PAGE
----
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Small raised pinkish red ridges about 8mm long on both sides of a eucalyptus leaf, looking like small rooster's comb. A side view of the leaf can be seen in pic #3. The base of the outgrowths were broader, thinning towards the tops.
Spotted on a leaf of a young Manna Gum - Eucalyptus viminalis. seen growing by a creek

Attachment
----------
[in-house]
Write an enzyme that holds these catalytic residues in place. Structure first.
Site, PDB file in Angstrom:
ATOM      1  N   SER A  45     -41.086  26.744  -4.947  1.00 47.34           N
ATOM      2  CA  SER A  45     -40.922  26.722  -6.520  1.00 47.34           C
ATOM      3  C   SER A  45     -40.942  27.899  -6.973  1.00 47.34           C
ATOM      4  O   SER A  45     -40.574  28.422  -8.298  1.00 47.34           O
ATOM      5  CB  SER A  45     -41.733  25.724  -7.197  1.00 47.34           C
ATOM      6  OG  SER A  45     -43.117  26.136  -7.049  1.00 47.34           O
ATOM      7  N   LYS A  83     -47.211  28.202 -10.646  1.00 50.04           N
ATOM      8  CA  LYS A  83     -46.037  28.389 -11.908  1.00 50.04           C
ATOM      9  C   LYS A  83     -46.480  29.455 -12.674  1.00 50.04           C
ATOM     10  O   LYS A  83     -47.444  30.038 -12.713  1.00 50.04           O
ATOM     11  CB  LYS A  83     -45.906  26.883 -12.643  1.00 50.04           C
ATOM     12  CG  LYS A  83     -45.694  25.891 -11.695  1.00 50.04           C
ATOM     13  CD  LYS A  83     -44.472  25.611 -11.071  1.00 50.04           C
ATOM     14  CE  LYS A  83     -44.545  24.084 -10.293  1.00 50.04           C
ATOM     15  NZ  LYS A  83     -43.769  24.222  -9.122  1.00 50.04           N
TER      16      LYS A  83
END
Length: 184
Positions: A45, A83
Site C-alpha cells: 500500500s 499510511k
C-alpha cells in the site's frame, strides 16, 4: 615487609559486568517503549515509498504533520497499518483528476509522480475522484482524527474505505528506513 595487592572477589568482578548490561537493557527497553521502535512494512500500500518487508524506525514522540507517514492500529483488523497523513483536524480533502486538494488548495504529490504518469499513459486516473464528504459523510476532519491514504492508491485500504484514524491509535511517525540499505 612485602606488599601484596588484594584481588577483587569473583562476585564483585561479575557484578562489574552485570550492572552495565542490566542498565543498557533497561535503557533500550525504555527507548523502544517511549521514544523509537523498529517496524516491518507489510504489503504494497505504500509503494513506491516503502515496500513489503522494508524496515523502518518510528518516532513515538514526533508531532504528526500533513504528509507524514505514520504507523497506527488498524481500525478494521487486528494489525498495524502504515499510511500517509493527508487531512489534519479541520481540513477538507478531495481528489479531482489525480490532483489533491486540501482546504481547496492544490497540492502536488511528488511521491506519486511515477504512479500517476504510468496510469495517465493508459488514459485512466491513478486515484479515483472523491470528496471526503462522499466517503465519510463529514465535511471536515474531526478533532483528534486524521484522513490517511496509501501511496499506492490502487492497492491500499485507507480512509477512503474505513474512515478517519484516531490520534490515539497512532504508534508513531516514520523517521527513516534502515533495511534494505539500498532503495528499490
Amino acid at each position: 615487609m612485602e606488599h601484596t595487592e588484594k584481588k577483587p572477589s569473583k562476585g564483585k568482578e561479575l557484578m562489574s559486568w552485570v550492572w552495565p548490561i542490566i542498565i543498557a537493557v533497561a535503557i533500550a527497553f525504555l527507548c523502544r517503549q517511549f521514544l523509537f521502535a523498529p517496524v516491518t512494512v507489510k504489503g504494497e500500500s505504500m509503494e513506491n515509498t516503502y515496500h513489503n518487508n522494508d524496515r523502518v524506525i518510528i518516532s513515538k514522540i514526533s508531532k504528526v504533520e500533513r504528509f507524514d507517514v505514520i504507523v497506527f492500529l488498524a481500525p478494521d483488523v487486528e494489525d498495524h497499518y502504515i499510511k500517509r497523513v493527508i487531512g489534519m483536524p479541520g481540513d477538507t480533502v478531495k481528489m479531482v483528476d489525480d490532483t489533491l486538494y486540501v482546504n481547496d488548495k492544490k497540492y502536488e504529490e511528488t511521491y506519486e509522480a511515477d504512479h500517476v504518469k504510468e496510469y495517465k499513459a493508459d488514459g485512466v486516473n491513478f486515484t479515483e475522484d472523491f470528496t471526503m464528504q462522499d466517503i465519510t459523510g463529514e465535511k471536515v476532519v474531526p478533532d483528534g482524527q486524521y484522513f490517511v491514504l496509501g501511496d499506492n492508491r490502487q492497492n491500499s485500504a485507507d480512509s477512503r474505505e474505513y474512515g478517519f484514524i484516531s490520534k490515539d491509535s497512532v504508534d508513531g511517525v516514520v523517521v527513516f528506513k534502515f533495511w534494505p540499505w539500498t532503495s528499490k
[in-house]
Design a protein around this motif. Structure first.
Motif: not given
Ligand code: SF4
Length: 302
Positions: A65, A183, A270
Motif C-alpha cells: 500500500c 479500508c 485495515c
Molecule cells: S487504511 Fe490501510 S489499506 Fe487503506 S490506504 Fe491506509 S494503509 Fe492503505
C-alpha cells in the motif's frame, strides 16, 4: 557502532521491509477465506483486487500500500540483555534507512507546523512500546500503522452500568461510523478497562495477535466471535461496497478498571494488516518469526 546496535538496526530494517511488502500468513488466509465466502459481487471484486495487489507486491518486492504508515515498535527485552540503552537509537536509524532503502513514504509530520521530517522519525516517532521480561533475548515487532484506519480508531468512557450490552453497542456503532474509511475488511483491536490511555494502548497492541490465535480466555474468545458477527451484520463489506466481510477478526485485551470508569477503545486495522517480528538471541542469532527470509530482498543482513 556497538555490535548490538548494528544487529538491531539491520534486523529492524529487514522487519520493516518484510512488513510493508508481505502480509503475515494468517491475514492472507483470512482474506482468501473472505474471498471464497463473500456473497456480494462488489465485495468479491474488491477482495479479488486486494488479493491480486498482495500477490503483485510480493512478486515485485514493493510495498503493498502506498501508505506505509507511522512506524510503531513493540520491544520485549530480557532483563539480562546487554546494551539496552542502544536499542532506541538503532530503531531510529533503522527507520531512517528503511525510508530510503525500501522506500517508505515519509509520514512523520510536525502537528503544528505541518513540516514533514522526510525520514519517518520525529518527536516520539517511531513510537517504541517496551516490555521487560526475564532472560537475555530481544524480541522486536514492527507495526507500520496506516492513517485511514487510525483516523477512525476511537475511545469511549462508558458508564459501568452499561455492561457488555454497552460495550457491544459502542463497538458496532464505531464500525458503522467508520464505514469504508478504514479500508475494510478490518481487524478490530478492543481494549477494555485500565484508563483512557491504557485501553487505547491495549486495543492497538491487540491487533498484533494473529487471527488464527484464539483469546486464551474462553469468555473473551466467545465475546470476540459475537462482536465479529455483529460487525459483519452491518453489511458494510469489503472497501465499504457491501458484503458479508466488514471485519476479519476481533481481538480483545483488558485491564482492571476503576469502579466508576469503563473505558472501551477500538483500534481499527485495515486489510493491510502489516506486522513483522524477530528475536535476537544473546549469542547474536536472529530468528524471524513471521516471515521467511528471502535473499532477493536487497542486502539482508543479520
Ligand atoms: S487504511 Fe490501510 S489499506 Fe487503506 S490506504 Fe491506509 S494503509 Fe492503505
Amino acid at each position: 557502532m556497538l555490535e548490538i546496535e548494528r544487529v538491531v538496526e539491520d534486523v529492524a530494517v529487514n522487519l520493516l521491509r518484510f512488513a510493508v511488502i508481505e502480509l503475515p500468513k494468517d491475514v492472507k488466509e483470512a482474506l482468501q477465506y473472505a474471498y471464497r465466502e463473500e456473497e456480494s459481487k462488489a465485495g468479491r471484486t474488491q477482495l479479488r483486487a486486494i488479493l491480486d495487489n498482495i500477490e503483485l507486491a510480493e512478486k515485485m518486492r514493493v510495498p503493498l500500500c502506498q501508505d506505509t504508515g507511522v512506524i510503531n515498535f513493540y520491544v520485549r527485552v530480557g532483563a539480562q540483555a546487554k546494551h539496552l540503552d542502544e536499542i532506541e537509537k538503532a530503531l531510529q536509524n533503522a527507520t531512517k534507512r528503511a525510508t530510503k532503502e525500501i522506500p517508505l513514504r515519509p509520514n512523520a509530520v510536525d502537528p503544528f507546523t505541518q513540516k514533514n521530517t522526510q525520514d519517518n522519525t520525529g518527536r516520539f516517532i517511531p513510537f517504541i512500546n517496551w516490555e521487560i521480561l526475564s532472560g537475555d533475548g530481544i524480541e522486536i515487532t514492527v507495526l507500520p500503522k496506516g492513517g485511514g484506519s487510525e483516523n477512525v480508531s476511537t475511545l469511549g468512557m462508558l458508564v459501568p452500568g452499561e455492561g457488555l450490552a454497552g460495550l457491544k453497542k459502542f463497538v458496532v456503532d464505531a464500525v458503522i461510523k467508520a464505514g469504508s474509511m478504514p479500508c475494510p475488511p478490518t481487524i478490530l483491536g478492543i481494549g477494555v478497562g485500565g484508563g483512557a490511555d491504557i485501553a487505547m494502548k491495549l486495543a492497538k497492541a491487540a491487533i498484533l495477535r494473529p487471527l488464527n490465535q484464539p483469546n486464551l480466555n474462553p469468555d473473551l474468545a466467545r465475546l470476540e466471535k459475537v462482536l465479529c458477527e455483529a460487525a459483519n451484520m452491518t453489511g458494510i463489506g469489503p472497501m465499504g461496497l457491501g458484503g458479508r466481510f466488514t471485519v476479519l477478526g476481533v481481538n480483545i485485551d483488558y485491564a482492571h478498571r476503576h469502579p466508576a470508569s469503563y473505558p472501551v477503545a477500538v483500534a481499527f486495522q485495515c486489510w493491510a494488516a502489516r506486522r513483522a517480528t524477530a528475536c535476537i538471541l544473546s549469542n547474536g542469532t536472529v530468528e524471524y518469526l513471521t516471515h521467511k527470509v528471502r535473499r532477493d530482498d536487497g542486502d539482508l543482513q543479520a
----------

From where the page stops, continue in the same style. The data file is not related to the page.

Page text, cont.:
The developing larva can be found feeding inside the gall within an oval gallery. Development takes approximately 3 months, as new generations have been observed in October, and again in January. Up to 25 galls have been counted on a single leaf. Adult specimens reared from the galls were pteromalid wasps. As there are no records in the literature of such an insect on E. nicholii , specimens were viewed by hymenopterists at Landcare Research, CSIRO, and the Natural History Museum in London. It has been confirmed that this is an unknown insect which does not fit well into any described genus. At present it has been provisionally placed in the genus Nambouria which contains one other smaller wasp that induces galls on E. camaldulensis in Queensland. This new insect is found in abundance on foliage of E. nicholii in the Auckland suburbs of Panmure and Mt Wellington. Further searches of these suburbs has found Nambouria sp. on E. cinerea (silver dollar gum). Source: New Zealand Farm Forestry Association Here's an interesting spotting from last year of these galls by martinl http://www.projectnoah.org/spottings/142...